Squishy saddle or squishy pants?


Active Member
Evening all,
I’ve a few years in the saddle and have always worn the traditional padded cycling short (not been a fan of the bibs) for anything over an hour ride. Having discovered the delights of a single speed, with a fairly well padded saddle, I’m not finding it particularly necessary to ‘short up’. Admittedly I’m no tourer, and I'm rarely in the saddle for anything over a couple of hours, but it got me thinking; what’s the actual difference between a padded saddle and padded shorts? I get that the saddle will, over time, put pressure on parts you don’t want pressure on, but isn’t this the case for shorts as well?
Are the mechanics/design/biology different with a different position of the padding? I’m guessing so as it wouldn’t be the norm, but I’m not finding it to be the case.
Not brave enough to go ’shortless’ on the gravel bike!! (yet).


I can quite happily go out for a long ride (50+ miles) in jeans on a saddle with minimal padding, you don't need the padded shorts or saddle, it's just a case of what you get used to. I find that if I ride a lot in "regular" clothing then when I come to do a much longer ride and wear the expected attire then I can go pretty much all day with no discomfort.
Can't comment on the difference.

Not everyone wears "special" clothing. I happily tour in "normal" clothes.
My experience with "squishy" saddles is that they are only comfortable in the short term (typically an hour or less).
My most comfortable saddle was a Brooks B17, now I have a C17, not as comfortable, but functional.
(Not advocating either).

A decent saddle, some time to adjust and you should be fine, but of course, everyone's different.


Macho Business Donkey Wrestler
Padded shorts stay where they are, generally, with the cushioning positioned at the right parts, usually that should be at the sit bones. We've all tried different makes and models of shorts and discarded / eschewed some as being not the right shape or fit, until we've found a good pair. Once they're in place the support / padding will stay put pretty well.

Saddles are hard to choose also, but those that are squishy tend to be quite poor generic designs which don't have the padding only where you need it for your anatomy, you're therefore more likely to get pressure where it's not wanted. Okay for an hour maybe, but not too much longer. Also you'll tend to move about on a saddle a little bit at least, which doesn't help.

A firmish leather saddle is the best choice if you're shortless, in my view anyway.


Legendary Member
I bought a Brooks saddle quite early in my cycling career and it must have been another 20 years before I got cycling trousers, and to be honest, that's as much about convenience of not having to tuck your trousers in your socks or getting oilmon them. OK cycling shorts are better, but a good saddle is what matters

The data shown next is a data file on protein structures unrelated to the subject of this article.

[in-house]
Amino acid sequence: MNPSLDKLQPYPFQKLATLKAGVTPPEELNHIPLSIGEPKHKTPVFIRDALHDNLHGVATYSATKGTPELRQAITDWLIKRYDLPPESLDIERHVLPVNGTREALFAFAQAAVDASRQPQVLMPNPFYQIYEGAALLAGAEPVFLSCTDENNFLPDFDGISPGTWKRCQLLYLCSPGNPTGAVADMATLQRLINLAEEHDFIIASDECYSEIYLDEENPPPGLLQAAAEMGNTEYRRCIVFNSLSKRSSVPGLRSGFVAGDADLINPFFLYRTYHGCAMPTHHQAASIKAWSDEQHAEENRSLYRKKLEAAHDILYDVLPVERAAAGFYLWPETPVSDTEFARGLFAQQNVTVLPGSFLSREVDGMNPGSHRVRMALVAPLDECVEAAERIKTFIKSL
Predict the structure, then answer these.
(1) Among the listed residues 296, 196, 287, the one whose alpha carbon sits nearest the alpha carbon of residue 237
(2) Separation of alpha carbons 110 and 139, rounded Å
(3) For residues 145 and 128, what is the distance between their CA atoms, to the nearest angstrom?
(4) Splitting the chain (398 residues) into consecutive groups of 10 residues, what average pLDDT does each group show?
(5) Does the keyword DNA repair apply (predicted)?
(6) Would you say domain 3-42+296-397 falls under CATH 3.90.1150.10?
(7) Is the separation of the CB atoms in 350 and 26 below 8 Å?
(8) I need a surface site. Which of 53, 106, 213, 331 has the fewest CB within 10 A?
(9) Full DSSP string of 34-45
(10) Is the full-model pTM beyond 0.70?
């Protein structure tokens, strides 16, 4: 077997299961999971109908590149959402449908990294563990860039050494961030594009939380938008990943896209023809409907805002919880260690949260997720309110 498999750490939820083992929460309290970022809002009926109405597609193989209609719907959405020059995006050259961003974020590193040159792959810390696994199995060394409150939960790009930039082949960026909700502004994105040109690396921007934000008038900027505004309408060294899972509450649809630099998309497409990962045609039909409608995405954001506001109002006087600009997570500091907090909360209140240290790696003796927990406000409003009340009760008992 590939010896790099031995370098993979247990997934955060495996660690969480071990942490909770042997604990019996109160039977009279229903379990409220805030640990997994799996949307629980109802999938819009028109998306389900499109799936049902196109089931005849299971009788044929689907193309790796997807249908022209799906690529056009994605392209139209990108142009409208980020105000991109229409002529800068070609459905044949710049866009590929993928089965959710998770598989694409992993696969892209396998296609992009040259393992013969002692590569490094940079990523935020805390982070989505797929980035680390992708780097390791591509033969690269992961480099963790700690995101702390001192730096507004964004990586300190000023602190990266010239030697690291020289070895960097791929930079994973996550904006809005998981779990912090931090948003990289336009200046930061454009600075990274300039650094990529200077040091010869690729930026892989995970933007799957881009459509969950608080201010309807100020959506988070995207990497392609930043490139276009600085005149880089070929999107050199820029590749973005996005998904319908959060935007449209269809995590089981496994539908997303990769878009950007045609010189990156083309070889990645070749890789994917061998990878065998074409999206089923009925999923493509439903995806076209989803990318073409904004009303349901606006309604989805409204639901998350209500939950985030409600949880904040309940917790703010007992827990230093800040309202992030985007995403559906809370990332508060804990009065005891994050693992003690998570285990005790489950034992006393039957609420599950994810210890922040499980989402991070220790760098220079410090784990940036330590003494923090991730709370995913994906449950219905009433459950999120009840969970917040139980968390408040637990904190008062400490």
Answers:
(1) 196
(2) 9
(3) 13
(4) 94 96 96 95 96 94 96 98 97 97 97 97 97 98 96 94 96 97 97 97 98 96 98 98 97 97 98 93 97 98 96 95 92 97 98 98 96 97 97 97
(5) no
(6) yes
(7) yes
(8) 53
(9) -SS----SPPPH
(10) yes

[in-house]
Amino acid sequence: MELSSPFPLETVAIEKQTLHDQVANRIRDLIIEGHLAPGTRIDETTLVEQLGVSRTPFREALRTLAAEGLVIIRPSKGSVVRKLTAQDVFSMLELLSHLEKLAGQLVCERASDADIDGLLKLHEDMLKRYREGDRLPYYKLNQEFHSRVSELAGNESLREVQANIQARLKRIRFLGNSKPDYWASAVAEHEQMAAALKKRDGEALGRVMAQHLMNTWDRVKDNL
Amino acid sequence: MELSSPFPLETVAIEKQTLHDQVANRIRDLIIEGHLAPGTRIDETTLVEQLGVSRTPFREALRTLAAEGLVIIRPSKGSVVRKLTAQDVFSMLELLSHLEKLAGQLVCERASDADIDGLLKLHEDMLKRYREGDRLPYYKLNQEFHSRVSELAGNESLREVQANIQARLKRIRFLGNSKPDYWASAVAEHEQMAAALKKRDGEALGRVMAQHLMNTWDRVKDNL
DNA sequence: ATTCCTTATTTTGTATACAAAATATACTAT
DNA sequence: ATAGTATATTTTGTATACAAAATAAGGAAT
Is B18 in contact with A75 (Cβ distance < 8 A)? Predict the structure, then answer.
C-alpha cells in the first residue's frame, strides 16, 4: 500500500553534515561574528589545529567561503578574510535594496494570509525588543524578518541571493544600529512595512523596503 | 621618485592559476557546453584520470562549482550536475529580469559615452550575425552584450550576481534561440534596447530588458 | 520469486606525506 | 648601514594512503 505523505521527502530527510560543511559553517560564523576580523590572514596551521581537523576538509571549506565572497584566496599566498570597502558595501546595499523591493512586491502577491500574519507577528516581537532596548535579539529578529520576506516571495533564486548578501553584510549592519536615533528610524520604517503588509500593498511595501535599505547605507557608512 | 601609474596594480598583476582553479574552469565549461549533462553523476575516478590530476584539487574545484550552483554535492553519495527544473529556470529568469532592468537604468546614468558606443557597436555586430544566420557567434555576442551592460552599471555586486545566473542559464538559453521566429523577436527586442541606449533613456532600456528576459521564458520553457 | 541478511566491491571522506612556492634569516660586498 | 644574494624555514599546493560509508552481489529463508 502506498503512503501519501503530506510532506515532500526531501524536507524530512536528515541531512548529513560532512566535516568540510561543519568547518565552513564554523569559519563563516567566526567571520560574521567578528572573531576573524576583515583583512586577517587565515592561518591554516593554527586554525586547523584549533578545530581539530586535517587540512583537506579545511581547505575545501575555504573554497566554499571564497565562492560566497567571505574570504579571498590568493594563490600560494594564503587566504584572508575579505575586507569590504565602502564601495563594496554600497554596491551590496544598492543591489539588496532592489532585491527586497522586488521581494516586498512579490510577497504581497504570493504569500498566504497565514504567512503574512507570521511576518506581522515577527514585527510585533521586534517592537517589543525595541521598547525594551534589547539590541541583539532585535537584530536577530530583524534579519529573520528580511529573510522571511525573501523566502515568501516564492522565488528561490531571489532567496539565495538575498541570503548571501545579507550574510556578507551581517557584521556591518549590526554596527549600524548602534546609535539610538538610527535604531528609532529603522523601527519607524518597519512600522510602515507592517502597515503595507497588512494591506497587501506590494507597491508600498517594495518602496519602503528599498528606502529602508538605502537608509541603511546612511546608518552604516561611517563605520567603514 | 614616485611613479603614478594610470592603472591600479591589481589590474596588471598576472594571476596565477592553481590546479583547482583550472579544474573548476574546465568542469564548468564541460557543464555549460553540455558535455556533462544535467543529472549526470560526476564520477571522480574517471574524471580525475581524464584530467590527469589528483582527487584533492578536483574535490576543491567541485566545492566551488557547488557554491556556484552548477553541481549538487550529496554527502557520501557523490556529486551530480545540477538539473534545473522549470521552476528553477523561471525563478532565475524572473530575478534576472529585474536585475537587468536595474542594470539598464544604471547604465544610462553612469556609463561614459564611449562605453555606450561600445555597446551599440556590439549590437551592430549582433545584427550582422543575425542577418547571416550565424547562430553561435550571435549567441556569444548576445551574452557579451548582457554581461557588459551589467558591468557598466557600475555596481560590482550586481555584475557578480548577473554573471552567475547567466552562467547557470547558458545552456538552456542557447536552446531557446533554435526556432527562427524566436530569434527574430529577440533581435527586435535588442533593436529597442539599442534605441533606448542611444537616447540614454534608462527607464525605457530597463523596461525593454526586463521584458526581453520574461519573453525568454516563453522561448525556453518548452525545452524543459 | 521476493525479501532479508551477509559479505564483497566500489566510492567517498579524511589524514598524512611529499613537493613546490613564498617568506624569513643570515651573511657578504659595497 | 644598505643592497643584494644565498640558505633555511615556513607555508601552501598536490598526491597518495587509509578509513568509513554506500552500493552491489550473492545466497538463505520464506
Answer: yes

For shortish rides or pootles, which may be a few hours round town with the nice cchat bods etc I wear no padding - just some snythetic underpant things I got from Aldi - I have a stack - easy to wash and dry.

For day rides/rides in the country I use proper padding. Even then I may have to rise out of the saddle for brief bits to relieve pressure.

Vital of course to get a saddle with the correct gap between sit-bone supports - not that difficult really and you don't have to spend a lot on a saddle. Most of my saddles cost £20 or less.

Vital in my opinion to shower before any ride other than a quick nip to the shop.

I get that the saddle will, over time, put pressure on parts you don’t want pressure on, but isn’t this the case for shorts as well?
Depends what you mean.You want no pressure on the perinium at all at any stage of a ride of whatever length. A bit of bum ache is minor compared to the potential damage there.

Oh - you missed out one variable - squishy arse - though I don't recommend trying to grow one.


Senior Member
This is the start of year 3 for me not wearing padded shorts. Breathable seamless underwear is all I need and it’s a lot less bulky.
The revelation moment for me was embracing the fact we don’t, I certainly don’t, sit on our sit bones. We sit on our Ischiopubic Ramus. ( Steve Hogg) A saddle that allows you to do it ( cut away) without taking your breath away and is also shaped to cup them (SMP) then your only enemy would be excess sweat which might warrant a padded short. I’m like Prince Andrew I don’t sweat :laugh:
The pad should move with your skin - the outer layer of the shorts can move separately.
This reduces friction with your skin, because there is less movement there.

I think the pad being thick/absorbent/padded(!) is a different issue, and will have evolved as materials changed over the years (it was chamois leather in the early days I believe?)


Kilometre nibbler
As ever on this subject there are no rules. Just find what works for you. I used to ride a hard leather saddle but found it was limiting the distances I could ride as I'd get to the point where my legs were still OK but my arse was screaming for mercy. So I shopped around and tried a number of things and now I have a squishy saddle that I can ride until my legs fall off.

I still use padded shorts because ... er ... because I do, and that's what I own. I might give unpadded shorts a go sometime maybe. But as I don't have a problem with my current way of doing things I'm in no hurry to change it.

Interestingly I saw a video featuring ultra endurance rider Lael Wilcox ( https://en.wikipedia.org/wiki/Lael_Wilcox ) and the first thing she does with a new pair of shorts is get a pair of scissors to carefully snip the stitching of the pad and remove it.
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